Amendment 1

Part of Media Bill - Report and Third Reading – in the House of Lords am 3:30 pm ar 23 Mai 2024.

Danfonwch hysbysiad imi am ddadleuon fel hyn

Photo of Baroness Fraser of Craigmaddie Baroness Fraser of Craigmaddie Ceidwadwyr 3:30, 23 Mai 2024

My Lords, I support Amendments 1, 2 and 4 from the noble Baroness, Lady Bull, and will speak to Amendments 3, 5 and 6 in my name.

I thank the noble Lord, Lord McNally, and the noble Viscount, Lord Colville of Culross, for their support for my Amendment 6 and the Minister for our rushed discussions as we try to pull all this together. My amendment extends the same nations and regions quotas that apply to the BBC to Channel 4—the only other publicly owned public service broadcaster. It includes a two-year timeframe from the passage of the Bill for these quotas to apply.

In Committee the debate on the nations and regions production quotas attracted the largest number of speakers and support from around your Lordships’ House, for which I was very grateful. This amendment is supported by devolved Governments and industry bodies across Scotland, Wales and Northern Ireland. In Committee the Minister reassured us that he and his colleagues in DCMS had heard the strength of feeling on this issue from the sector, particularly in relation to Channel 4’s “out of England” quota, which is currently set at 9% of eligible programmes and expenditure. He noted that Channel 4 has said that it would support a managed increase in its programme-making commitments in the other home nations. He also offered a further meeting with Ofcom to discuss this in detail.

I am sorry that this will clearly be one of the casualties of wash-up, but I had hoped that this revised amendment, restricted to Channel 4 and giving it two years to enable a managed increase, might have found favour with all parties. If the Government are not minded to accept my amendment, I trust that Ofcom will take note of the strong feelings expressed that the current Channel 4 quota of 9% just will not wash.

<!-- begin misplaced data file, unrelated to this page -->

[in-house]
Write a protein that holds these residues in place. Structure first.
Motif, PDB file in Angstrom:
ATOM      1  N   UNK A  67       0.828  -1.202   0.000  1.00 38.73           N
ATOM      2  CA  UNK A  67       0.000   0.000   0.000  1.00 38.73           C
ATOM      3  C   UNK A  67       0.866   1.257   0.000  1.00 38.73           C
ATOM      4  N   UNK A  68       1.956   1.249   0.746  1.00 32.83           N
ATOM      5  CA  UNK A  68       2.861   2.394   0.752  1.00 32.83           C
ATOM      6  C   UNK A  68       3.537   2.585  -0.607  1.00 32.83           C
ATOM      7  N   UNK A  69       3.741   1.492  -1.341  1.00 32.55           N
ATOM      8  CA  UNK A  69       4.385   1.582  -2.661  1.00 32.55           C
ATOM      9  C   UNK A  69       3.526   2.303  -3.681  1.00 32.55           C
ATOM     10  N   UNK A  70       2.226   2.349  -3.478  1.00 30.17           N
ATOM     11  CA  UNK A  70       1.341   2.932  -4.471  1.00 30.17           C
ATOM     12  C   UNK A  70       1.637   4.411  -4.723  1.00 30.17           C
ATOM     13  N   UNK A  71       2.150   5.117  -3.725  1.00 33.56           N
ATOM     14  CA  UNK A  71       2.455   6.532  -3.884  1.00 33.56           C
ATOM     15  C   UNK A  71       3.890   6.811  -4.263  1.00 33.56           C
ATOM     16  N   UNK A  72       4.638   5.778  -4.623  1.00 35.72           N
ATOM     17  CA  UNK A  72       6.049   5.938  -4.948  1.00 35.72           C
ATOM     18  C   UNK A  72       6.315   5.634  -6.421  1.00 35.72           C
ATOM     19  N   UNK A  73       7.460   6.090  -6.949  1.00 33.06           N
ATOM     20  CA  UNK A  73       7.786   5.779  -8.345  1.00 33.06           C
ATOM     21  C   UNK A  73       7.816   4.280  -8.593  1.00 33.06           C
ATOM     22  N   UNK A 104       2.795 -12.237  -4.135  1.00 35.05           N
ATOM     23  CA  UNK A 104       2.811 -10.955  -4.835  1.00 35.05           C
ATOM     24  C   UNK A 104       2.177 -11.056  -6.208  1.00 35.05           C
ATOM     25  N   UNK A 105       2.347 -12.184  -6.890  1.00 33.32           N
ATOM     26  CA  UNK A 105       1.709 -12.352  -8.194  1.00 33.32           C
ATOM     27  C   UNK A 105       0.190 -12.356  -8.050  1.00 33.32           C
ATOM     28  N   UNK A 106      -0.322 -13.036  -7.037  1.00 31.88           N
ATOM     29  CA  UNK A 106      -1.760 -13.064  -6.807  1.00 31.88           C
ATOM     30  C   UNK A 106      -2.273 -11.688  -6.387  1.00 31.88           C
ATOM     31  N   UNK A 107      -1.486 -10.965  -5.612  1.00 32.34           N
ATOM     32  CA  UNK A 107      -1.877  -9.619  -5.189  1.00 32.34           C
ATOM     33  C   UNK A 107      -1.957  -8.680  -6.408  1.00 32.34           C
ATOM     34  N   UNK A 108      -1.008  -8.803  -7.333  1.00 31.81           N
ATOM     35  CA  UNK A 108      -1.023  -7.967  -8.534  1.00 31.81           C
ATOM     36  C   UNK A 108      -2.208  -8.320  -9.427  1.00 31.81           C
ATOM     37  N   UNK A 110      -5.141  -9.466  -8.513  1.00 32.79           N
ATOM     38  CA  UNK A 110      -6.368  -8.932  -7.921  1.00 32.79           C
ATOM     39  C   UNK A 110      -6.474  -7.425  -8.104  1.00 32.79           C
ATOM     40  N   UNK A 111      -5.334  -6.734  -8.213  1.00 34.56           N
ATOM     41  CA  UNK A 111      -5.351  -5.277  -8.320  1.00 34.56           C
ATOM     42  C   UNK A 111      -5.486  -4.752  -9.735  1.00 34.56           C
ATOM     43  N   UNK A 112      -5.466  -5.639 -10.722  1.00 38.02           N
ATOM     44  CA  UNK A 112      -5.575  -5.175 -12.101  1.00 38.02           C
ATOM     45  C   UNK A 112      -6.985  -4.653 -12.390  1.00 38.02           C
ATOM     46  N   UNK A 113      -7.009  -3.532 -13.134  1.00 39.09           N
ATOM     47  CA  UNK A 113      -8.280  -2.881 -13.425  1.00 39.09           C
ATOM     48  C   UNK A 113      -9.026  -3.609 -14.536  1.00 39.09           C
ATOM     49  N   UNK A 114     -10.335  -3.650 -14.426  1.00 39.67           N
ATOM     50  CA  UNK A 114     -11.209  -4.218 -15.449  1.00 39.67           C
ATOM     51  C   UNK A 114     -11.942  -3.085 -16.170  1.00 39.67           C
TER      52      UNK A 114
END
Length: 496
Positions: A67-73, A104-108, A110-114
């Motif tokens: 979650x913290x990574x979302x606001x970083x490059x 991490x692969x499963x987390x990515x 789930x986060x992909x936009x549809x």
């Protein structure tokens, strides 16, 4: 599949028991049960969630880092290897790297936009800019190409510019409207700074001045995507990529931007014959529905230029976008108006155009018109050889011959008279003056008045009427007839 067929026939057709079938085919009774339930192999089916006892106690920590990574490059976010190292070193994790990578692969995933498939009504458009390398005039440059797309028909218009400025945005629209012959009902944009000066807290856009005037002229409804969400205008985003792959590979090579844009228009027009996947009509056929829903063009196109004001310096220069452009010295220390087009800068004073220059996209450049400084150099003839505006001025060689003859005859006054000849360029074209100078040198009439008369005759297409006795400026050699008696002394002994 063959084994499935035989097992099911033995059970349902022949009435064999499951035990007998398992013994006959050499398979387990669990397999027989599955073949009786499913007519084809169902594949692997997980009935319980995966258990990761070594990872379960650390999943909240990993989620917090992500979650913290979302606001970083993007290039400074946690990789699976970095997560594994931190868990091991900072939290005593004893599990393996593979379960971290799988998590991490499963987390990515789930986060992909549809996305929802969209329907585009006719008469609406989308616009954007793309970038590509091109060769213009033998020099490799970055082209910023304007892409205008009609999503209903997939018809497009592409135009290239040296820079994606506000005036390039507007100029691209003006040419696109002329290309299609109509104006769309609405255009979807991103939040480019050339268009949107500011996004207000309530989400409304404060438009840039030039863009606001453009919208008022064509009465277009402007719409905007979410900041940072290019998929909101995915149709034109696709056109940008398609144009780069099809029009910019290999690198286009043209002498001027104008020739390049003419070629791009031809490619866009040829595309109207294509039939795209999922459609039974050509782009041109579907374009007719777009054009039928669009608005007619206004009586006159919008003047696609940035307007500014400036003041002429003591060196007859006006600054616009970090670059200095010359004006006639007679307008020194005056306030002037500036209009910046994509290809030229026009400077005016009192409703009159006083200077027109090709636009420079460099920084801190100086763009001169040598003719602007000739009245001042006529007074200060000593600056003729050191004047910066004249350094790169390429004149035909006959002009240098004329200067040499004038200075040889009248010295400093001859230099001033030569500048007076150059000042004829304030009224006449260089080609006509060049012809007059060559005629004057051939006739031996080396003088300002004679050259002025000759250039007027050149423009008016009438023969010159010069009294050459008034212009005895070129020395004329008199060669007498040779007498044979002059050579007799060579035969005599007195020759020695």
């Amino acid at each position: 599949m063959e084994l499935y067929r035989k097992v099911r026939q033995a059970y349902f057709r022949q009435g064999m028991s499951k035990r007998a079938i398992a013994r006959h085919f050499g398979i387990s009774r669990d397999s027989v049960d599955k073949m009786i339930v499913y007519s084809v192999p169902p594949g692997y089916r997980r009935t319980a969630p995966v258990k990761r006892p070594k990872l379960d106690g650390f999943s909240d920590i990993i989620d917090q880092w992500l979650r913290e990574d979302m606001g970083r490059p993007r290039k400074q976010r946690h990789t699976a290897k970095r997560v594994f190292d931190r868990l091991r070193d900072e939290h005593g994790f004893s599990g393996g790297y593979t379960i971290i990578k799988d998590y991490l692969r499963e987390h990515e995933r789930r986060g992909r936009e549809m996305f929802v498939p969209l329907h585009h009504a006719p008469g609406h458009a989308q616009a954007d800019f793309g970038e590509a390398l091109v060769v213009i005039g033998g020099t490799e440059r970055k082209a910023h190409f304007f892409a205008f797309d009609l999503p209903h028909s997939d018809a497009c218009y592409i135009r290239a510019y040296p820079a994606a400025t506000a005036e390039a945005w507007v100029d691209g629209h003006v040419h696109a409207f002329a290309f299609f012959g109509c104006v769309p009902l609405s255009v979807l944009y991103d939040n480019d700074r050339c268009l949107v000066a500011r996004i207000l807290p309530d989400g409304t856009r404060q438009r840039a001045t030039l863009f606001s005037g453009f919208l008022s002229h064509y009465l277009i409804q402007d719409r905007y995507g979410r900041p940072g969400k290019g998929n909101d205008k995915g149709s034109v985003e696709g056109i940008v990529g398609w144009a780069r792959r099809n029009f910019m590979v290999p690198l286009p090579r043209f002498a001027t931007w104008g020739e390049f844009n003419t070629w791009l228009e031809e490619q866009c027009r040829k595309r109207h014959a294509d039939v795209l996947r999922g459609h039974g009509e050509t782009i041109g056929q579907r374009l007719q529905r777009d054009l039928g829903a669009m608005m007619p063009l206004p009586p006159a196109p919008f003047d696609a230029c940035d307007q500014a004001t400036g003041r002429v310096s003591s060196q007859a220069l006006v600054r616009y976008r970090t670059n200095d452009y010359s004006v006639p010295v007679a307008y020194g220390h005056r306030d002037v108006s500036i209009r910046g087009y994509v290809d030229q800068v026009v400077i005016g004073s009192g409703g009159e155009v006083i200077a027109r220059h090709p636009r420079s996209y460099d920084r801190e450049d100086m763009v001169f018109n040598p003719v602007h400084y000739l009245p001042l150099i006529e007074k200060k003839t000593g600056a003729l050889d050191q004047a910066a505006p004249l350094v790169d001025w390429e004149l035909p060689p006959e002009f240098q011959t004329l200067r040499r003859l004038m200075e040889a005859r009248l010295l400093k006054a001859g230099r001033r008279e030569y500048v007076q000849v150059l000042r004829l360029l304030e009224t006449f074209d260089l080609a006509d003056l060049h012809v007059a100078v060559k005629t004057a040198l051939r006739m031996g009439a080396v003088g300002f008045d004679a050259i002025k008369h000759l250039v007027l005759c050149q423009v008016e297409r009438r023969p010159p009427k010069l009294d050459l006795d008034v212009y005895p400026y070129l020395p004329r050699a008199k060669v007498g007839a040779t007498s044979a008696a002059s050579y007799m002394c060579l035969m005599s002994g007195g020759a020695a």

I turn to Amendments 3 and 5, which were previously tabled in Committee by my noble friend Lord Dunlop, who cannot be here today and sends his apologies. The issue is that the responsibility for Gaelic broadcasting is split. The Gaelic Media Service, MG Alba, is established under UK legislation while Ofcom is the arbiter of whether there is sufficient Gaelic language broadcasting. The funding of the Gaelic Media Service was devolved in 1998 to Scottish Ministers, who have, for the past 10 years, frozen funding to MG Alba. The SNP is posing as great supporters of Gaelic and Gaelic broadcasting. However, as ever, the support is all for show. They are all talk and no action.

I have tabled modest amendments to the Bill that would make MG Alba a PSB for the limited purpose of guiding Ofcom in the discharge of its responsibility to assess whether there is, taken together in the round, sufficient broadcasting of minority languages. It would have to look specifically at the sufficiency of Gaelic broadcasting. If it was found that there was insufficient Gaelic broadcasting, the responsibility for responding to this would fall on the BBC—it is happy to accept that as it supports these amendments—MG Alba and, by extension, its funder, the Scottish Government.

These amendments are narrowly focused to be discrete and not upset the overall balance of the Bill. For example, they do not add any new responsibilities regarding prominence requirements. They would, as we head into an election campaign, be a powerful demonstration of a unionist government’s care for all parts of the UK, including its most peripheral in the Highlands and Islands.

Turning to the amendments tabled by the noble Baroness, Lady Bull, which I am pleased to support, the Minister accepted in Committee that we need to strike the right balance with a remit that gets to the heart of what it is to be a public service broadcaster. We must not dilute that. He also stated in Committee that he did not object to any of the specific genres mentioned in the revised Amendment 2, tabled by the noble Baroness. I hope he can accept that not having this in the Bill really would be a glaring omission.

I am grateful to the Minister for his engagement. I am sorry that we have not had the time to explore some of these issues further with him and his team at DCMS, but I support him in his efforts to see that this Bill passes. I thank him and all noble Lords from across the House who have been so supportive of my efforts to ensure that the nations and regions have the best possible Bill.